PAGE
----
Pros- pay is generally higher, probably in the range of 20% higher, with a higher ceiling depending on how busy you are. Less oversight and management from above, more autonomy. No responsibility to teach medical students or residents. No mandatory committee meetings or yearly evaluations.
Cons- Most are guaranteed salary only for 1-2 years, then its eat what you kill. So constant pressure to be busy and productive and no guarantee that your salary remains high. Depending on the practice, you may be responsible for day to day operations, overhead, hiring and firing, marketing yourself, building relationships. May need to cover multiple hospitals. Call responsibility is usually more frequent and onerous. May not have the OPPORTUNITY to teach medical students, if this is of interest to you, but more importantly, may not have resident coverage for overnight floor calls, ED consults, etc.

Academic:
Basically the reverse of above.

I am an academic surgeon, because I valued the ability to teach students and residents and the stability and "guarantee" of the academic environment, as well as the infrastructure for research and innovation, more than the 20% salary bump. Other factors that went into my decision are things like the relative ease of going from academic to private compared to the going from private to academic, i.e. if I decided after 5 years that I hated academic, it is easier to transition to a private job, compared to the reverse. This may be incorrect thinking on my part as I dont have first-hand knowledge of the ease of either transition but it seemed likely to me at the time.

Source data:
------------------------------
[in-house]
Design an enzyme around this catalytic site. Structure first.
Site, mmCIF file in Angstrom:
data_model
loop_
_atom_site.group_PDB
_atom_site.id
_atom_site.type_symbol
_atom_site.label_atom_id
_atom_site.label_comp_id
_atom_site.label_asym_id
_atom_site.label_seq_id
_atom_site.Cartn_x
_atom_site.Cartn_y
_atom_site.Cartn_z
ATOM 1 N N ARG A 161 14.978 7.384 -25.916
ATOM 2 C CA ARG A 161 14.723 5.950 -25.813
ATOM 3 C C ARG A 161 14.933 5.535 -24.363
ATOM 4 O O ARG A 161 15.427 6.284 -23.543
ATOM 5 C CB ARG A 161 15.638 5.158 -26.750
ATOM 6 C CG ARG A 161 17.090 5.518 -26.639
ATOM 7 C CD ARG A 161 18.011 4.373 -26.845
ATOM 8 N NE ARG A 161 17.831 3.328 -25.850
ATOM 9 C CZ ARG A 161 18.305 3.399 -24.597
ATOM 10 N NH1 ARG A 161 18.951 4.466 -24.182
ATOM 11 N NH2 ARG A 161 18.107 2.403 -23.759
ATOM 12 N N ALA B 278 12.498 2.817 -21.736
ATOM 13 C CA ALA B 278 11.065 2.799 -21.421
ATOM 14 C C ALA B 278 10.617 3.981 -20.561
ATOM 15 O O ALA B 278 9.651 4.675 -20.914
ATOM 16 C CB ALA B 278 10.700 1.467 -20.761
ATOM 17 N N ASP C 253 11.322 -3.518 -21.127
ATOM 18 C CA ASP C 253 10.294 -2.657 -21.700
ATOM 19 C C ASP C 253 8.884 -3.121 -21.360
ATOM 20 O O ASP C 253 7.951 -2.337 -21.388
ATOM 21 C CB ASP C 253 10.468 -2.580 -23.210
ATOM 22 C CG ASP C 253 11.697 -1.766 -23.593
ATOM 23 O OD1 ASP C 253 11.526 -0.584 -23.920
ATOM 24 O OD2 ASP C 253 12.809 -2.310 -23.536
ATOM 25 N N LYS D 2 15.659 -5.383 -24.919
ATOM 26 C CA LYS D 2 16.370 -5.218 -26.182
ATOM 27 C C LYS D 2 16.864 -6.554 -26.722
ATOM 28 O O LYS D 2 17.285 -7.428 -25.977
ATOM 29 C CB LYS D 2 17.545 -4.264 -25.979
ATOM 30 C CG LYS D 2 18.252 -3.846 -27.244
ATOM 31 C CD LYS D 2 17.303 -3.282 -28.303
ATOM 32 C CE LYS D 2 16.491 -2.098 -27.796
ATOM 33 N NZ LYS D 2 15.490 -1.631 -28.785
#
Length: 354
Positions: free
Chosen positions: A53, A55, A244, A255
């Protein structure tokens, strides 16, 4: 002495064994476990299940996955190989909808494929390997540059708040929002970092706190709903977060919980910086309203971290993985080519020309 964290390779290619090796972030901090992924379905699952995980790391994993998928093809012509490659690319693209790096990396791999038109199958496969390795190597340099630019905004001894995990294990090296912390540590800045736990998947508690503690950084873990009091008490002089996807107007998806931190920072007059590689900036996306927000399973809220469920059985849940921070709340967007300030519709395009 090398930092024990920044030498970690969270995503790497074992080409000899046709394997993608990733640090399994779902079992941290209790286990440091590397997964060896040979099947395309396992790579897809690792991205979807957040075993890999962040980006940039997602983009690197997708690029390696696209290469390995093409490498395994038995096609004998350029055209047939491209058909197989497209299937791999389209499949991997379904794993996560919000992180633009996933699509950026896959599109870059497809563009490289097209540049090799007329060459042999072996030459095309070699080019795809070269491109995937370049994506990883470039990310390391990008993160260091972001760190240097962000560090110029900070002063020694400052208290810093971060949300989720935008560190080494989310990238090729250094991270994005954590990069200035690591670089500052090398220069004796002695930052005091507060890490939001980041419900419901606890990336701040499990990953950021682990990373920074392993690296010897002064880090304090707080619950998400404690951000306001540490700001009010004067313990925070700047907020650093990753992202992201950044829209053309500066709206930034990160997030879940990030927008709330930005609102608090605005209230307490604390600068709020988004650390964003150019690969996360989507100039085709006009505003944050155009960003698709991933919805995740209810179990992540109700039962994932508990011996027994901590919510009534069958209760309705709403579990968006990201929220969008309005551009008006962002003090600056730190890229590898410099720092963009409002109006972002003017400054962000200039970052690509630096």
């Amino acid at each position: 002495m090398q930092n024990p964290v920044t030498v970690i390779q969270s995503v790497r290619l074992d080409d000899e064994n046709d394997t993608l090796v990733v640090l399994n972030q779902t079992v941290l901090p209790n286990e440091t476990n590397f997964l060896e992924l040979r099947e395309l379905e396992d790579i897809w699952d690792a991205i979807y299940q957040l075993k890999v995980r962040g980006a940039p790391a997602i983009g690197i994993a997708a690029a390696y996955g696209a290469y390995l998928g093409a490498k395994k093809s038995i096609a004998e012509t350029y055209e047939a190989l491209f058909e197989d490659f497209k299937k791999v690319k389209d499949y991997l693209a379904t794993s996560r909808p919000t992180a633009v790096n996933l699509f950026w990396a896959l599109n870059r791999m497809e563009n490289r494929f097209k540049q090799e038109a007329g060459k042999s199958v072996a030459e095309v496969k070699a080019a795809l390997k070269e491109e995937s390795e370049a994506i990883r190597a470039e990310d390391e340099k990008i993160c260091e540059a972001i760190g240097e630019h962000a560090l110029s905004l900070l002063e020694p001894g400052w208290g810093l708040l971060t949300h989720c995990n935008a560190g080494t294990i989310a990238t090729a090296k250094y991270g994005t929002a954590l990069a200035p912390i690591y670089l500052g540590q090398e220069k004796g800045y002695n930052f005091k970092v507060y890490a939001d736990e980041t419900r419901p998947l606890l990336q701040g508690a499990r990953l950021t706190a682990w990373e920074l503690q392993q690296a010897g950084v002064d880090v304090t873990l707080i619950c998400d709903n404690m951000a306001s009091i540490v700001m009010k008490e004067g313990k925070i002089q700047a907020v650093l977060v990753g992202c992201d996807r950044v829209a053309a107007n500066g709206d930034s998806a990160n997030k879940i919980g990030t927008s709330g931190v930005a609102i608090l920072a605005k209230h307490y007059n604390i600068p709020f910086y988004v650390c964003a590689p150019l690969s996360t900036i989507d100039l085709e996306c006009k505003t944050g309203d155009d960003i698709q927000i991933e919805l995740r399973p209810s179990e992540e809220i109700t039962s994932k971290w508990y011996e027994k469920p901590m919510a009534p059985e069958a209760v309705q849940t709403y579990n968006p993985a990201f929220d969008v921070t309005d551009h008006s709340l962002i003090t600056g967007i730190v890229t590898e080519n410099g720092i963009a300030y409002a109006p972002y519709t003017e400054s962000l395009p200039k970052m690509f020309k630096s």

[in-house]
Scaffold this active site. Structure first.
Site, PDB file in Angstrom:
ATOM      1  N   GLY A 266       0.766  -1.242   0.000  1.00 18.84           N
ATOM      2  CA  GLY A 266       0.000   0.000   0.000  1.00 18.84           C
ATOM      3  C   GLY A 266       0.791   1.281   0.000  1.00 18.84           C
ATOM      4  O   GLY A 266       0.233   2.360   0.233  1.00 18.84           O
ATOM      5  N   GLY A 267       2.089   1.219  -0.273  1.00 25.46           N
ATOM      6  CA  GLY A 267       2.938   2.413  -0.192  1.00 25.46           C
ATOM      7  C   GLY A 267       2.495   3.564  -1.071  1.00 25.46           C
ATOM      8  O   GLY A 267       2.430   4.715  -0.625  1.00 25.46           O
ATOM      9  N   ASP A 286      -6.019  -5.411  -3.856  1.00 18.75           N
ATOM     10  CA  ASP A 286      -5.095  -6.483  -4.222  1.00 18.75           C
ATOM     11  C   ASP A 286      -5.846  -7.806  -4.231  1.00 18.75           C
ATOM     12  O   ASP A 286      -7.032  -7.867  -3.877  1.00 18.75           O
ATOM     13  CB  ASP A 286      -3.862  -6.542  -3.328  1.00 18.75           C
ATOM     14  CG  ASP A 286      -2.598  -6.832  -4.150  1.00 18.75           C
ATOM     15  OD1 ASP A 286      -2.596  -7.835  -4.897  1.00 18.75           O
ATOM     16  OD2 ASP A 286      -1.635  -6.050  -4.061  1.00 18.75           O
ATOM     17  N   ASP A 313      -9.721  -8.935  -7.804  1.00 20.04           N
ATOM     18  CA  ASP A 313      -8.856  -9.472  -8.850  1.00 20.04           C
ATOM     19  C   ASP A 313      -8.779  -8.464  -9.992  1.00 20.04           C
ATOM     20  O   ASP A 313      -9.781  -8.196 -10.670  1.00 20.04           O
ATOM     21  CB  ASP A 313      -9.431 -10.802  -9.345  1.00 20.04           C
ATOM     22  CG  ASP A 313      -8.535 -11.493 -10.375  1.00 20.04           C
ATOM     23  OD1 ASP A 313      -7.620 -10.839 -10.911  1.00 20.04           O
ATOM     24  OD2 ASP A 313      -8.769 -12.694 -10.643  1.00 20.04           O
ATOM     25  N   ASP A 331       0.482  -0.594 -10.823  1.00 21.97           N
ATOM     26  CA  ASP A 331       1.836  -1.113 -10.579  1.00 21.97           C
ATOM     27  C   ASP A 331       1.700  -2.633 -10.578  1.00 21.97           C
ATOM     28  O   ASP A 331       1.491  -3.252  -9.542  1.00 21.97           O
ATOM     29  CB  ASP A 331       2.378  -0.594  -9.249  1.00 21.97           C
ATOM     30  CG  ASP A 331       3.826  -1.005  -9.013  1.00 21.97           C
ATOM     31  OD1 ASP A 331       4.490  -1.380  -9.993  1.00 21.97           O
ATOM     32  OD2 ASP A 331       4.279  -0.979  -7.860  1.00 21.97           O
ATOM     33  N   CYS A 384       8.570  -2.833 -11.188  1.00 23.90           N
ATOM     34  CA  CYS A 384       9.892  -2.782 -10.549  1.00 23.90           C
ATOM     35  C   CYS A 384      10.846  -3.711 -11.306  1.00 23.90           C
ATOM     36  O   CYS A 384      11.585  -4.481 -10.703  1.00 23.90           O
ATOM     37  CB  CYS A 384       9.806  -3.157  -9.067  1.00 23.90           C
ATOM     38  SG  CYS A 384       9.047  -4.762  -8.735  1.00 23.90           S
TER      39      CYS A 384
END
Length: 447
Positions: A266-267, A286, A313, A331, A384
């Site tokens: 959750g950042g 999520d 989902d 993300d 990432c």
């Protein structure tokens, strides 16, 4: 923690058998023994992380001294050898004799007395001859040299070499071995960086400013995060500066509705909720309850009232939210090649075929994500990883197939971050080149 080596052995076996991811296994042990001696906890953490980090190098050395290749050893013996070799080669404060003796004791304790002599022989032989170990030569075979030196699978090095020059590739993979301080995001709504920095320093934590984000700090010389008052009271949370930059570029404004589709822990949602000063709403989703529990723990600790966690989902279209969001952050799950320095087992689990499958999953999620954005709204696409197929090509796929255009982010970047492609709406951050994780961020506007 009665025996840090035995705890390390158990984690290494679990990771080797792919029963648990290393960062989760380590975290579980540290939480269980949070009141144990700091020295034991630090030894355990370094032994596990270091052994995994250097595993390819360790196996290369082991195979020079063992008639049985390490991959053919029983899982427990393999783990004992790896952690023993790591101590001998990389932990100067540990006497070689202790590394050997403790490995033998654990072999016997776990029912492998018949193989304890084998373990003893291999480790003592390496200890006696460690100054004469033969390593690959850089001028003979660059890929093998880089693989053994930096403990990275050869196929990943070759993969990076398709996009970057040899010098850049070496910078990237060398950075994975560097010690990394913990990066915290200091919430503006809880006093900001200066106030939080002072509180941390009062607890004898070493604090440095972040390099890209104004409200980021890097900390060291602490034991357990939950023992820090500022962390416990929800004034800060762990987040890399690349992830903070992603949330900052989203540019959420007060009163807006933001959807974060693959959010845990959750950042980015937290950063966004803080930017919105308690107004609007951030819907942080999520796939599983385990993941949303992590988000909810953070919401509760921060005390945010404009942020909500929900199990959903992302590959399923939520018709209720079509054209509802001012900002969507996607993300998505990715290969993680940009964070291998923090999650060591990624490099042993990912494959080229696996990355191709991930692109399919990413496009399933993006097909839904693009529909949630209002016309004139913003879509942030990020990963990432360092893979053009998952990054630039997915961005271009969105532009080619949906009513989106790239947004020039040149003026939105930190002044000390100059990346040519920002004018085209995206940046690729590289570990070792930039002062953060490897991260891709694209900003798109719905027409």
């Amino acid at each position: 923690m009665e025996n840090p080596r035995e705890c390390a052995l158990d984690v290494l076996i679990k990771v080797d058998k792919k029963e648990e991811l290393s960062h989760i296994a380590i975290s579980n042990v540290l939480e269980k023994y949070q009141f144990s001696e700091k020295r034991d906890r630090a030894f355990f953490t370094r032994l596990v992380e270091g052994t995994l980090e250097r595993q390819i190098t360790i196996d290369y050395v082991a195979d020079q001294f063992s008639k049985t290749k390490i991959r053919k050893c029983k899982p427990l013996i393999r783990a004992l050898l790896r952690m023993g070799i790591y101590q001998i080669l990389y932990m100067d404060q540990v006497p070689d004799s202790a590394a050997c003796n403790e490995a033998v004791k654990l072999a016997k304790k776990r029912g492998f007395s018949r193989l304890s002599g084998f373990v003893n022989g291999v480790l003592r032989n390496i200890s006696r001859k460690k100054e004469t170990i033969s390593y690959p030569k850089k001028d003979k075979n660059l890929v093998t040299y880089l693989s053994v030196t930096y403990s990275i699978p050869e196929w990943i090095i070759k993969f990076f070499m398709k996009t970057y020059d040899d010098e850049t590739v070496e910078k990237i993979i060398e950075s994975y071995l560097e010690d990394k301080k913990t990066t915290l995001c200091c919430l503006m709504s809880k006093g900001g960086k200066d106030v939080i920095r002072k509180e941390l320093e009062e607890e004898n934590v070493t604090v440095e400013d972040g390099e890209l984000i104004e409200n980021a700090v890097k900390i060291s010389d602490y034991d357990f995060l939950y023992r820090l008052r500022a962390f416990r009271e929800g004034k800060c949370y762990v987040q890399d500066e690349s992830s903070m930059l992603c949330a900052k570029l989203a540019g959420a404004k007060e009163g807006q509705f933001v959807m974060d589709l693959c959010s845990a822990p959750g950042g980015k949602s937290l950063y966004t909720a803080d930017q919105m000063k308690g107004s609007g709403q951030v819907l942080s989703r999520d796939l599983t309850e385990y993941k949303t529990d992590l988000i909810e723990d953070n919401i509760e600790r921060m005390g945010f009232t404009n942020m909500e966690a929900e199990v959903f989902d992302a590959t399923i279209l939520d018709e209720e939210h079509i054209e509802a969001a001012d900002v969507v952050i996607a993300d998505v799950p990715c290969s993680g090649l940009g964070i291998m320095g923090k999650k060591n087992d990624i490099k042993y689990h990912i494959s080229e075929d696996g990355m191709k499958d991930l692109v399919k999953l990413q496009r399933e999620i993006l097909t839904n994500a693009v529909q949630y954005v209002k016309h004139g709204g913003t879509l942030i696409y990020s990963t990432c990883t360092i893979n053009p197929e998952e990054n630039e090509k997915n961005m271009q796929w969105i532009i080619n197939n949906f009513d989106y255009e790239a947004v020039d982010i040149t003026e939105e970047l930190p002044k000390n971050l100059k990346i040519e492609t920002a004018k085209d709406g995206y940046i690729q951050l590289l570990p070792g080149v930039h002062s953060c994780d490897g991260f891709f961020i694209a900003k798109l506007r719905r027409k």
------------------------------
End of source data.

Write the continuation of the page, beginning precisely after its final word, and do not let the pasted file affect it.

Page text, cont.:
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The satire seems unnecessary but none the less, I was trying to emphasize two previous points that were stated:
1. Private practice vs public - do people go private purely because of the finances? Other benefits you can list please do.
2. The post that this thread is aimed towards asks about GS salary, as in that is a main contributing factor to which specialty they choose - So do most people choose specialty based on pay or on specialty?

Hope that clears everything up,
What was unnecessary was the suggestion that the posts above rise to the level of "financial greed". People considering medicine need to disabuse themselves of the notion that honest discussions about money are somehow taboo.
 

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The satire seems unnecessary but none the less, I was trying to emphasize two previous points that were stated:
1. Private practice vs public - do people go private purely because of the finances? Other benefits you can list please do.
2. The post that this thread is aimed towards asks about GS salary, as in that is a main contributing factor to which specialty they choose - So do most people choose specialty based on pay or on specialty?

Hope that clears everything up,
I can't think of anybody that I went to medical school with who, at least openly, chose their specialty because of the income potential.

I think my experience is fairly common in that I went to medical school with the goal of doing family or internal medicine, found myself thoroughly enjoying surgery and utterly hating the first two. I had certainly heard that Specialists made more money but don't recall ever hearing actual figures nor had I ever even met a surgeon prior to medical school. no one in my family is in the medical field so I had no idea what kind of income was normal or possible and it would've been considered gauche in my family to ask such things. I was aware that physicians made good money but the idea of making seven figures would have never occurred to me in the least.